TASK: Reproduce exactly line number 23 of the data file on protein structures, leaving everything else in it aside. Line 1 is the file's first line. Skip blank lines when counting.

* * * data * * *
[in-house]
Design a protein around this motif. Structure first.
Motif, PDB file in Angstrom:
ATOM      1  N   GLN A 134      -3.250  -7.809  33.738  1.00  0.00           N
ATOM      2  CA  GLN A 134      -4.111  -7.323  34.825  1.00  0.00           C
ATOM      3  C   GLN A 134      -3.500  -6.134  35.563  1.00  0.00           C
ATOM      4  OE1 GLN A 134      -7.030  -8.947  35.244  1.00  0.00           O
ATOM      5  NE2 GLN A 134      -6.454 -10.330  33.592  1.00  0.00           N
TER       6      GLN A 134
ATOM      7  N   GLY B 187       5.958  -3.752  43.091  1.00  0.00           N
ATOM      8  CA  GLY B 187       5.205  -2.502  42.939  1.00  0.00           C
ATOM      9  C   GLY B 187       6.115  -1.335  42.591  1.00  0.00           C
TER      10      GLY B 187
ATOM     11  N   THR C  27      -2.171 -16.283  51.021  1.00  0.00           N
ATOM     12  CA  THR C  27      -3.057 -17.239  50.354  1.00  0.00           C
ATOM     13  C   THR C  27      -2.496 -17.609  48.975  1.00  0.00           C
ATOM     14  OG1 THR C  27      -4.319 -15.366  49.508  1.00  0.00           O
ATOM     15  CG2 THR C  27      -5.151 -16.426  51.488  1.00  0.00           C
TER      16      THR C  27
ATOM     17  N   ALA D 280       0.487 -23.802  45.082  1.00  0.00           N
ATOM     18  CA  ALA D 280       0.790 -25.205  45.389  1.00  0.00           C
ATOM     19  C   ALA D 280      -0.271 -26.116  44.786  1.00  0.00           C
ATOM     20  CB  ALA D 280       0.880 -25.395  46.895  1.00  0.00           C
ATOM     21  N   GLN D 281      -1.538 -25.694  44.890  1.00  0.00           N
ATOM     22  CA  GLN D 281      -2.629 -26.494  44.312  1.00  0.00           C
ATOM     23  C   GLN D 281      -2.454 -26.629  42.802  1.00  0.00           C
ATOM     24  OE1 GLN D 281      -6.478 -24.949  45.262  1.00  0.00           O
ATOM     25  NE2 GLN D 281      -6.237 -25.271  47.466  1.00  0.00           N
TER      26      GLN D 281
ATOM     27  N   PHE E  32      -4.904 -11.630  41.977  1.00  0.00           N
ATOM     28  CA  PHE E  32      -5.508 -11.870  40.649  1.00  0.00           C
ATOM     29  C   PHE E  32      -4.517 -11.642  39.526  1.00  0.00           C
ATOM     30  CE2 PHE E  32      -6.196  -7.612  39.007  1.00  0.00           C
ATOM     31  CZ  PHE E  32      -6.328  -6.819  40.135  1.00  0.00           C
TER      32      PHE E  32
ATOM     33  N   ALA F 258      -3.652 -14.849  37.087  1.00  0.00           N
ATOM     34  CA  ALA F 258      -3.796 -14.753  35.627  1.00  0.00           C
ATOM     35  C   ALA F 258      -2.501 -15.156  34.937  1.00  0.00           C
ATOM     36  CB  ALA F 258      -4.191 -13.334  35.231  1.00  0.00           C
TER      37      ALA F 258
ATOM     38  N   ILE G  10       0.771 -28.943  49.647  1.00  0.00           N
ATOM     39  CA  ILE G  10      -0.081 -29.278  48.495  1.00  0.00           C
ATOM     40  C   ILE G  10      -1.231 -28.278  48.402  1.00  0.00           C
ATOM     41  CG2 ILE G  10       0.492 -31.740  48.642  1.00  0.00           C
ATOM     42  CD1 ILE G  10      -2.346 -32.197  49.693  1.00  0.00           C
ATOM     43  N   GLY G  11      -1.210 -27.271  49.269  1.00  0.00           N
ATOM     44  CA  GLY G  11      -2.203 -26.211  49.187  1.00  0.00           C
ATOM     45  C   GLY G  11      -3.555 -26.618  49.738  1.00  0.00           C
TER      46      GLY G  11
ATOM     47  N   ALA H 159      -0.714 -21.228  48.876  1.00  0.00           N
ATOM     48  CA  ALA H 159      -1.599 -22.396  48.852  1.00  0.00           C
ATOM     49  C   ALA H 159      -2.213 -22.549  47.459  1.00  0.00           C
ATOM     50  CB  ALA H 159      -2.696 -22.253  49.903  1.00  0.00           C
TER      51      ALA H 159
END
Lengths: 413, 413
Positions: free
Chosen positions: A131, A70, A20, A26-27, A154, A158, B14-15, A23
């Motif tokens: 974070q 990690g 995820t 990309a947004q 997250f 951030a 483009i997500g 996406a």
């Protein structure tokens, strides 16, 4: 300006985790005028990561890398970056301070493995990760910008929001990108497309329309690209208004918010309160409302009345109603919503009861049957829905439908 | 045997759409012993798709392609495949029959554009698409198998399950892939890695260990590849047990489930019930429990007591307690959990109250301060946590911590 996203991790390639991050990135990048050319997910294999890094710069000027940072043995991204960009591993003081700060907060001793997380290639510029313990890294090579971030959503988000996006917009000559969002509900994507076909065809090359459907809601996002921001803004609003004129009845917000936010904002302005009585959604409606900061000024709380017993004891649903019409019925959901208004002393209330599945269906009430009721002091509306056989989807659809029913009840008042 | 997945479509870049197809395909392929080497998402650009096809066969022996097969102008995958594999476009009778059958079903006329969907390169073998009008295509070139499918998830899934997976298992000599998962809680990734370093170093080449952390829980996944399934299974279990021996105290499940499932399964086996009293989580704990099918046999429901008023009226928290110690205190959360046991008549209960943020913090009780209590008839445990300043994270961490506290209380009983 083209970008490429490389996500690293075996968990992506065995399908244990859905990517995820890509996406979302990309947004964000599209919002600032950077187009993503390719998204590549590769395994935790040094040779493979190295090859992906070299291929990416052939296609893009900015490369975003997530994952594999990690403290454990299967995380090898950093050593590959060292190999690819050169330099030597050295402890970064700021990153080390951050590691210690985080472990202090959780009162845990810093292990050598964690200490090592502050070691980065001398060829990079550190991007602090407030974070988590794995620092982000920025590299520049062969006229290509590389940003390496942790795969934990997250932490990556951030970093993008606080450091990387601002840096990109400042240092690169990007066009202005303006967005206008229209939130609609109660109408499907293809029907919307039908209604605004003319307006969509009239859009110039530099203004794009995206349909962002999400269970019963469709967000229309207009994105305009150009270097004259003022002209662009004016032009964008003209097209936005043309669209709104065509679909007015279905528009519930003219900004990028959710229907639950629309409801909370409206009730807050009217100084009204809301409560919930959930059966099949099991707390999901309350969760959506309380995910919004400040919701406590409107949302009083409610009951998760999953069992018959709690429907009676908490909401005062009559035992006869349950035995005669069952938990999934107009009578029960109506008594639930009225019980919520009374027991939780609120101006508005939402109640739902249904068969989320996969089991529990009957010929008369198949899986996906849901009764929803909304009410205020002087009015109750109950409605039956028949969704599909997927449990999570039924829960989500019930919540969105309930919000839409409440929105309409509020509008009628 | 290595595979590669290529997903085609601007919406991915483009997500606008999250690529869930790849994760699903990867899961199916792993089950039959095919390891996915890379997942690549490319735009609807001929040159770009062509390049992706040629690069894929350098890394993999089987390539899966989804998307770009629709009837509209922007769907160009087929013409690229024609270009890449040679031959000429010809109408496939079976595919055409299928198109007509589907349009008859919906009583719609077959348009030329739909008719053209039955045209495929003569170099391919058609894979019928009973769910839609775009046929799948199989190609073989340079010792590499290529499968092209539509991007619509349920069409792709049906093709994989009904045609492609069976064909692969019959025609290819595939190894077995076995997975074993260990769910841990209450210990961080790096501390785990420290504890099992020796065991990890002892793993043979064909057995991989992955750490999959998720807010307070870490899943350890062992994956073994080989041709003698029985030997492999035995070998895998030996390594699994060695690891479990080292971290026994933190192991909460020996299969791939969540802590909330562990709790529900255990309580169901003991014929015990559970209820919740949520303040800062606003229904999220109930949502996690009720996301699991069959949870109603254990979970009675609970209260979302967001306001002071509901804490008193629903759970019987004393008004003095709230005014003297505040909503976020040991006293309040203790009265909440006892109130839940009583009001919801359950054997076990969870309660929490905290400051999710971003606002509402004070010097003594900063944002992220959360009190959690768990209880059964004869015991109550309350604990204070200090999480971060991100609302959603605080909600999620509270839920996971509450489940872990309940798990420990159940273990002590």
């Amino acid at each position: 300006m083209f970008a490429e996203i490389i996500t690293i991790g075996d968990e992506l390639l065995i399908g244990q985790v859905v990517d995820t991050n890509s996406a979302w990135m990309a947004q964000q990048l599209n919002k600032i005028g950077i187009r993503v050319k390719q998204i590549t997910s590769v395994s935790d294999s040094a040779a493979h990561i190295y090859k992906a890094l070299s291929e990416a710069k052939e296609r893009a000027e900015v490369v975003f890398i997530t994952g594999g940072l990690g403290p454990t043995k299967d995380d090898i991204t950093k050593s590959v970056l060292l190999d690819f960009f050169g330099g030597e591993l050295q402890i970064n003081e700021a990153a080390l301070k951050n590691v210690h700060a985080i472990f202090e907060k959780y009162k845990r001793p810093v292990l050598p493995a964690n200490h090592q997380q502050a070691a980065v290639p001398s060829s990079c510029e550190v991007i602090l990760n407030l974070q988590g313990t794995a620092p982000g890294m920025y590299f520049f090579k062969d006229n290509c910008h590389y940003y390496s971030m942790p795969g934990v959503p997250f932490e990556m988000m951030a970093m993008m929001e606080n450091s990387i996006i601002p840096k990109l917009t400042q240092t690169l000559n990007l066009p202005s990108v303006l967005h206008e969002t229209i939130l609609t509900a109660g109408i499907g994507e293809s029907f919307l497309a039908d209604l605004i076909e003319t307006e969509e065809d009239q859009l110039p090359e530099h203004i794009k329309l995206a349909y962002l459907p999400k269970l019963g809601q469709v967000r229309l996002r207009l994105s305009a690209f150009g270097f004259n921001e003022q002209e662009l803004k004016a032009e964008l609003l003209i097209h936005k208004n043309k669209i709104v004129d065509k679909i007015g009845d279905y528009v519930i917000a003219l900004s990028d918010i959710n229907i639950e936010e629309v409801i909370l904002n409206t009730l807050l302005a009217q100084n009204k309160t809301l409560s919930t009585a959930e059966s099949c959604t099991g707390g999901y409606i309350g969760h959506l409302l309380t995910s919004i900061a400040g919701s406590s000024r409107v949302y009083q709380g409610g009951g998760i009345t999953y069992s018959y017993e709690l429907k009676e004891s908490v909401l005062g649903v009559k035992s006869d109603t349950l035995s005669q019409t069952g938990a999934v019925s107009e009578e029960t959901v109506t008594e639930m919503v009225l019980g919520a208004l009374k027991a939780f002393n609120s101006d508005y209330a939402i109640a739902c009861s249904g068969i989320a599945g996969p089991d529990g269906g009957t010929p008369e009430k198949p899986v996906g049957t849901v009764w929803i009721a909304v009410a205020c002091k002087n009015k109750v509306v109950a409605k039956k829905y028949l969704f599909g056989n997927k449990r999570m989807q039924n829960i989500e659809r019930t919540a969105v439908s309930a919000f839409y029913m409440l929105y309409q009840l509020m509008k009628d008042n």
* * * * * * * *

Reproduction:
ATOM     20  CB  ALA D 280       0.880 -25.395  46.895  1.00  0.00           C